Tami Schluter, left, and Peggy Keilen embrace after unveiling the car.

Tami Schluter, left, and Peggy Keilen embrace after unveiling the car.

And the Tilt-A-Whirl car likely will provide plenty of photo ops as it did following Wednesday’s reveal. An enthusiastic Schluter and Keilen posed for numerous photos and expressed their love for Faribault and gratitude to the long list of supporters that include individuals, businesses and local organizations.

Tami Schluter on "Boy Meets Whirl."

Tami Schluter on “Boy Meets Whirl.” She suggested the three pretend to be watching a Minnesota Vikings game while sitting in the car.

Both were especially pleased to bring national attention to Faribault via the television show, one reason Schluter approached American Restoration about the project. Within 12 hours, she heard that the Tilt-A-Whirl proposal was a go.

Tami Schluter's quote reaction when she saw the car for the first time.

Tami Schluter’s quote, as aired on “Boy Meets Whirl,” when she saw the car for the first time.

The women aren’t done yet with Tilt-A-Whirls. They are already focusing on raising funds for restoration of a second 1940s car to be placed several blocks to the north by the State Bank of Faribault.

The 1950s era Tilt-A-Whirl car sits, covered, outside Mill City until after the 9:30 p.m. airing of "Boy Meets Whirl."

The 1950s era Tilt-A-Whirl car sits, covered, outside Mill City before the airing of “Boy Meets Whirl.”

That second restoration, Keilen says, will be done in the Tilt-A-Whirl’s hometown of Faribault.

Sellner Manufacturing, as noted on the car, invented the Tilt-A-Whirl.

Sellner Manufacturing, as noted on the car, invented the Tilt-A-Whirl.

FYI: Sellner Manufacturing, which invented and built the first Tilt-A-Whirl in 1926, was sold in 2011. Gold Star Manufacturing purchased the fiberglass and staging part of the business and, at the time of purchase, contracted with Texas-based buyer Larson International, Inc., to make the fiberglass car portion of the Tilt-A-Whirl.

The Mural Society of Faribault created and placed the Tilt-A-Whirl mural on the side of Jim's Auto & Tire this past fall.

The Mural Society of Faribault created and placed a Tilt-A-Whirl mural in downtown Faribault in 2010.

Faribault also promotes the Tilt-A-Whirl’s origins via a mural along Fourth Street just a block off Central Avenue. It was a 2010 project of The Mural Society of Faribault.

The back of the refurbished Tilt-A-Whirl.

The back of the refurbished Tilt-A-Whirl.

The Rice County Historical Society in Faribault features a permanent exhibit on Sellner Manufacturing Company.

Mill City's new signature Tilt-A-Whirl drink.

Mill City’s new signature Tilt-A-Whirl drink.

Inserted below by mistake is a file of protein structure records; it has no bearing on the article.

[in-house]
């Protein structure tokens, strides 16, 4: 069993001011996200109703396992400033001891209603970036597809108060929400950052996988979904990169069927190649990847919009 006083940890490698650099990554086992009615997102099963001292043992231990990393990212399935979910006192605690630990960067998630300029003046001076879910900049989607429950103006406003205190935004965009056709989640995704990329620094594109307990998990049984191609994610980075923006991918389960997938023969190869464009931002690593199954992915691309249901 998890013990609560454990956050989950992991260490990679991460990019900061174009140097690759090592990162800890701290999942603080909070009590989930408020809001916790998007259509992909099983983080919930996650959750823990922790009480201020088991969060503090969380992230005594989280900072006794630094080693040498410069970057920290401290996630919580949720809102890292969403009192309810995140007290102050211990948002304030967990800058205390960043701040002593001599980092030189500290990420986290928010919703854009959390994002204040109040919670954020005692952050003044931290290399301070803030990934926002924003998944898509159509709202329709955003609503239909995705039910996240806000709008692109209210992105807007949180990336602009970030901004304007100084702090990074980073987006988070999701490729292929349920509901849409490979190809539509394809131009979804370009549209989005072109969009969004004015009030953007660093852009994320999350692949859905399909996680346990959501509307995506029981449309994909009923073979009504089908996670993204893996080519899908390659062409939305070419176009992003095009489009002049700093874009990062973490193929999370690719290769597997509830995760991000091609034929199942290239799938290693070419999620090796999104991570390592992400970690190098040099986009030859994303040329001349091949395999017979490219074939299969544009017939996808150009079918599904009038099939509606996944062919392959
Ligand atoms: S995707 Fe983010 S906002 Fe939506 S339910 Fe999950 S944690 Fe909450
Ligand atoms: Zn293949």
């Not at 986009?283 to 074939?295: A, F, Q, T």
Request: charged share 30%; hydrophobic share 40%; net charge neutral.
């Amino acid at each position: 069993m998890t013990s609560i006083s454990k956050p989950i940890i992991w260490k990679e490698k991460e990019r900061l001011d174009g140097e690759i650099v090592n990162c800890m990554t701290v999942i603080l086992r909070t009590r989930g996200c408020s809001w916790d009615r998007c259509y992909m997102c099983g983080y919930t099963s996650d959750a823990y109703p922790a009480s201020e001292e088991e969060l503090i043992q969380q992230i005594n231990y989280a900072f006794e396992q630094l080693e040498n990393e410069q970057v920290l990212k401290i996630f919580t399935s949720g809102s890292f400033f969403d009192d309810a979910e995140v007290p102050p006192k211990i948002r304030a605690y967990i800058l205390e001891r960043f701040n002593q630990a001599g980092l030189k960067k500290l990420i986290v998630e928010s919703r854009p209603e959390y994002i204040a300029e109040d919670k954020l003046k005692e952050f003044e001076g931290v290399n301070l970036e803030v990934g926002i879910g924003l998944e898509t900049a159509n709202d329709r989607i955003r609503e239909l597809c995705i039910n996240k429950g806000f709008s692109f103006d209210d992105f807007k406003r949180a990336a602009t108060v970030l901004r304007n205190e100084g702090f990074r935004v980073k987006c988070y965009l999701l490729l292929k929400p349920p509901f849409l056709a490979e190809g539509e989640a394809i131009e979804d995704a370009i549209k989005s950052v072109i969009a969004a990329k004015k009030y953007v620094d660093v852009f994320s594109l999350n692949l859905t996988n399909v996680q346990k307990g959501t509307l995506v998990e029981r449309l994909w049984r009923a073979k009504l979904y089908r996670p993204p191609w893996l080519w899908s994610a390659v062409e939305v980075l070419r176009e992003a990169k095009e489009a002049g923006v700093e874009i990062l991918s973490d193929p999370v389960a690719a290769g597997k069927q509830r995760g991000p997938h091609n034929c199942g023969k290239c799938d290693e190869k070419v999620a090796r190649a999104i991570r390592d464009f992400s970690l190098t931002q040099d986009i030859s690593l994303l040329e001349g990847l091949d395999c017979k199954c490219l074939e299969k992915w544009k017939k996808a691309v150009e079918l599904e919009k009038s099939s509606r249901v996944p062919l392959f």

And, at Mill City Restaurant & Sports Bar, a Tilt-A-Whirl drink has been added to the bar offerings. It features brandy, Mount Gay Bermuda rum, sweet vermouth, sweet and sour mix, cherries and lemon slices served in a pint jar.


Every party needs a cake.

Every party needs a cake.


© Copyright 2014 Audrey Kletscher Helbling


The TARDIS travels to Kenyon March 19, 2013

Filed under: Uncategorized — Audrey Kletscher Helbling @ 7:29 AM
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The TARDIS is labeled as a Police Public Call Box. A note on the front reads: Advice and Assistance obtainable immediately. Officers and cars respond to all calls. Pull to open.

The TARDIS is labeled as a Police Public Call Box. A note on the front reads: Advice and Assistance obtainable immediately. Officers and cars respond to all calls. Pull to open. This shot was taken while driving westbound on Highway 60.

TRAVELING EASTBOUND into Kenyon along Minnesota Highway 60, I spot what appears to be a portable blue toilet seemingly randomly planted in a front yard near an American flag clipped to a pole.

Why would anyone place a porta potty in this visible location and in the snow near a flag?

Turns out I am not viewing an outdoor loo at all, but rather a TARDIS. Exactly. What’s a TARDIS, you ask?

My 19-year-old passenger son explains that a TARDIS is the featured mode of transportation on the BBC sci-fi television show, “Doctor Who.” The TARDIS, according to the series website, will take the doctor anywhere, anytime.

But to Kenyon, Minnesota?

With no time to stop and inquire about the Time and Relative Dimension in Space capsule, I can only wonder who placed this here and why?

LET’S HEAR your thoughts, readers. The more creative, the better. I’ll even accept the truth on the TARDIS placement. I am pretty much clueless as to the TARDIS and “Doctor Who.”

Another view. I don't know which house the TARDIS belongs to, the gray one or the white one.

Another view of the TARDIS.

© Copyright 2013 Audrey Kletscher Helbling


Free beer coupon makes “The Tonight Show with Jay Leno” November 9, 2012

WHY, OH, WHY didn’t I think of this? Someone submitted the L & M Bar & Grill “free beer with breakfast” coupon, the one I posted about here on October 25, to NBC’s “The Tonight Show with Jay Leno.”